And the end result is a body that looks as if it’s carved from stone. His bulging shoulders like something out of a Frankenstein flick, while the waist is a narrow 32 inches, giving Howard an imposing V-frame shape.

And he looks like this not because he’s some genetic freak, but instead because he’s put in the work in the weight room. Upon being drafted with the first overall selection in 2004 by the Magic, Howard played at a spindly 240 pounds. He got pushed around too much for his liking and vowed to do something about it.

``I saw my body change and it happened because of me wanting to always be the best and staying in the gym,’’ Howard stressed. ``I was just trying to get better. I hated being pushed around my first two years and I wasn’t going to let that happen anymore. I just made sure I was dedicated coming here every day and no matter how hard the workout was I was going to make it though.’’

And even though Howard has become something of an international phenomenon, shooting movies in Los Angeles and China, recording a kids’ album in New York and traveling to China, Africa and India the past two summers, he always makes it a point to get his workouts in. In China and India, he’s worked on basketball drills at the dimly lit court at U.S. embassy gyms. In Africa last summer he met Hall of Famer Hakeem Olajuwon, whom he formed a bond with and picked up post-up tips from. And Howard’s personal trainer, Brian Meyer, has logged up the frequent flyer miles of a pilot what with the way he’s circled the globe working out his star client of the past four years.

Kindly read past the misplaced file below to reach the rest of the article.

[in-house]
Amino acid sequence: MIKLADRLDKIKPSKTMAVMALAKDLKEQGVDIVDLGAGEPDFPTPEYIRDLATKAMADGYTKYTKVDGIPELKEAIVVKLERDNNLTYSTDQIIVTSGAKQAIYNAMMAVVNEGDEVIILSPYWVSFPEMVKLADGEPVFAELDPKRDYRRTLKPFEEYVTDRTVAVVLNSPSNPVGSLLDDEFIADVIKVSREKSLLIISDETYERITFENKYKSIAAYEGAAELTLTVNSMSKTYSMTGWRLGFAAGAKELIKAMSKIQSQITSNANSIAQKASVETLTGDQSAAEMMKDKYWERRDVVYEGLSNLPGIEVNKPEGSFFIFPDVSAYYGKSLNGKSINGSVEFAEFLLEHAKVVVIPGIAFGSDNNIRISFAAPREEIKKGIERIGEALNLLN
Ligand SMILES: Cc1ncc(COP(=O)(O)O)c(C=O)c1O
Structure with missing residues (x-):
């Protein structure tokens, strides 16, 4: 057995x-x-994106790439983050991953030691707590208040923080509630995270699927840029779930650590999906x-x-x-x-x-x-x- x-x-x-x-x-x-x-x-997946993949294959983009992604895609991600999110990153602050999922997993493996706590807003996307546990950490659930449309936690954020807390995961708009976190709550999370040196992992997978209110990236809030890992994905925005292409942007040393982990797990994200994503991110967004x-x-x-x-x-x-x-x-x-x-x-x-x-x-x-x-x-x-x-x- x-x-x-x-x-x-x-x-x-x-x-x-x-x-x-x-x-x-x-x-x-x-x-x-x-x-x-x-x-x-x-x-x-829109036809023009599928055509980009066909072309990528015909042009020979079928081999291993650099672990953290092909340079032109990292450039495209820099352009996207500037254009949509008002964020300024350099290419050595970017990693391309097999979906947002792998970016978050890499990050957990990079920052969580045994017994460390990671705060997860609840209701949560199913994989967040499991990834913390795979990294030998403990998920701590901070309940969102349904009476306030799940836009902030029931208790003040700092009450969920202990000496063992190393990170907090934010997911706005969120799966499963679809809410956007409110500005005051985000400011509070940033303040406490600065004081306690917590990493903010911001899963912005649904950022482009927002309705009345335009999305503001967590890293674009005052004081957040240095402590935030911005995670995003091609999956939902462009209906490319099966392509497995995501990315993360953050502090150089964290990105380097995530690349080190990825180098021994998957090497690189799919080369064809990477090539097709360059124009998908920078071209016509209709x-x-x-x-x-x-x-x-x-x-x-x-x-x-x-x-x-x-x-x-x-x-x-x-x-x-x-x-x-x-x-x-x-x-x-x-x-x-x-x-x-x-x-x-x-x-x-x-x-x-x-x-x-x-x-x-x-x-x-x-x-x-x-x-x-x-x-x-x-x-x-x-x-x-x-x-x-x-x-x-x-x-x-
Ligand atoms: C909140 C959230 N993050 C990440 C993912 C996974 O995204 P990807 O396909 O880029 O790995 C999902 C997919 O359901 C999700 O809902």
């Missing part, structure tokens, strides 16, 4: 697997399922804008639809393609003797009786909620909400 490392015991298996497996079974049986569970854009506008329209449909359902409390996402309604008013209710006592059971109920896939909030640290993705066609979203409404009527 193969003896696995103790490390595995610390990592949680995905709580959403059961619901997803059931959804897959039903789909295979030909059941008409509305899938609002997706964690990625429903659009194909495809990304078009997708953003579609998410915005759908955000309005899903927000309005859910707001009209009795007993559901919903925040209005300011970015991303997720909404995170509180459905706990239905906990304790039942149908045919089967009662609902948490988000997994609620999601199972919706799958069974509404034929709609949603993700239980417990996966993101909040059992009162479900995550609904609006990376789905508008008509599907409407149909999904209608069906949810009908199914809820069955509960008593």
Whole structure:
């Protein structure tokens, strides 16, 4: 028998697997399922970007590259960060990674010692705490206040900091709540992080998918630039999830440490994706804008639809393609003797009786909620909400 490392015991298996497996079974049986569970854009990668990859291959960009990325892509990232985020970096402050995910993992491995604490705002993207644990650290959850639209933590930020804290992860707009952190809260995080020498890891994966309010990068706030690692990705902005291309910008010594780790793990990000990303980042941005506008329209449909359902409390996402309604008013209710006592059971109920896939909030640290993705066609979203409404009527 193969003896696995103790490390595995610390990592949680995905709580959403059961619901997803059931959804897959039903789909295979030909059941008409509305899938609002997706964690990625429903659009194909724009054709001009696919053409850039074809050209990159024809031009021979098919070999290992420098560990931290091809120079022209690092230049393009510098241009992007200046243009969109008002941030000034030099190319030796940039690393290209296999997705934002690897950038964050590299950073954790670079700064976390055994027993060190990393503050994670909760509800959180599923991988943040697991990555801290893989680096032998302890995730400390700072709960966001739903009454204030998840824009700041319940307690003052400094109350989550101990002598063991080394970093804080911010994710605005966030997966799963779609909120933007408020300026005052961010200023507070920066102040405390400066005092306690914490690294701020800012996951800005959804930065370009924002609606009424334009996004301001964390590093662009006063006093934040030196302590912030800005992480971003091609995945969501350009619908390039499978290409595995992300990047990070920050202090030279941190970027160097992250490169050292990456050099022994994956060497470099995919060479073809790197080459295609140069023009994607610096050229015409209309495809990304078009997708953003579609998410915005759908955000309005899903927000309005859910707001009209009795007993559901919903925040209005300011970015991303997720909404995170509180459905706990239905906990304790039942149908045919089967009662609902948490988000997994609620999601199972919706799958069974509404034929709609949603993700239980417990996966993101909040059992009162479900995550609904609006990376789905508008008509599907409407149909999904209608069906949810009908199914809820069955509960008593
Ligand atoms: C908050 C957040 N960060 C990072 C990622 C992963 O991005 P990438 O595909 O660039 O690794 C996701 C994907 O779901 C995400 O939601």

``The workouts get harder, but coming to the gym is the fun part for me. I absolutely love working out,’’ Howard said. ``I’m in the gym in the day time working on my game and then at night I’m here. What I do in the summer, besides all of the traveling, I either start my day lifting or shooting.

``Some people out there think that I’m just traveling and that I’ve forgotten what got me to where I am today,’’ Howard continued. ``I know for our team to be successful that myself as the leader of the team I have to be working harder than anybody else. My trainer travels to every place that I go to – Africa, India, China, New York or L.A. He’s always there and we’re in the gym whether it’s 5 o’clock in the morning or midnight. It’s tough sometimes because I do so much stuff in the day and then I still have to lift that night. But I just look at the big picture because we’re trying to win a championship here.’’

The way Howard sees it, he’s chasing that championship when he’s doing those sets of bench-press drills with the wires attached to the bar for added resistance. When he’s on the machine that has him simultaneously pushing with one arm and pulling with the other it’s as if he’s battling Boston’s Kevin Garnett in the post. Those grueling shuffle pushups while having a weighted belt around his waist simulate the pounding Howard takes on the low block on a nightly basis. And those quick-twitch weighted pulls – ones that look like he’s starting a lawnmower – keep Howard agile and simulate the quickness needed to swat a LeBron James or Kobe Bryant shot at the rim.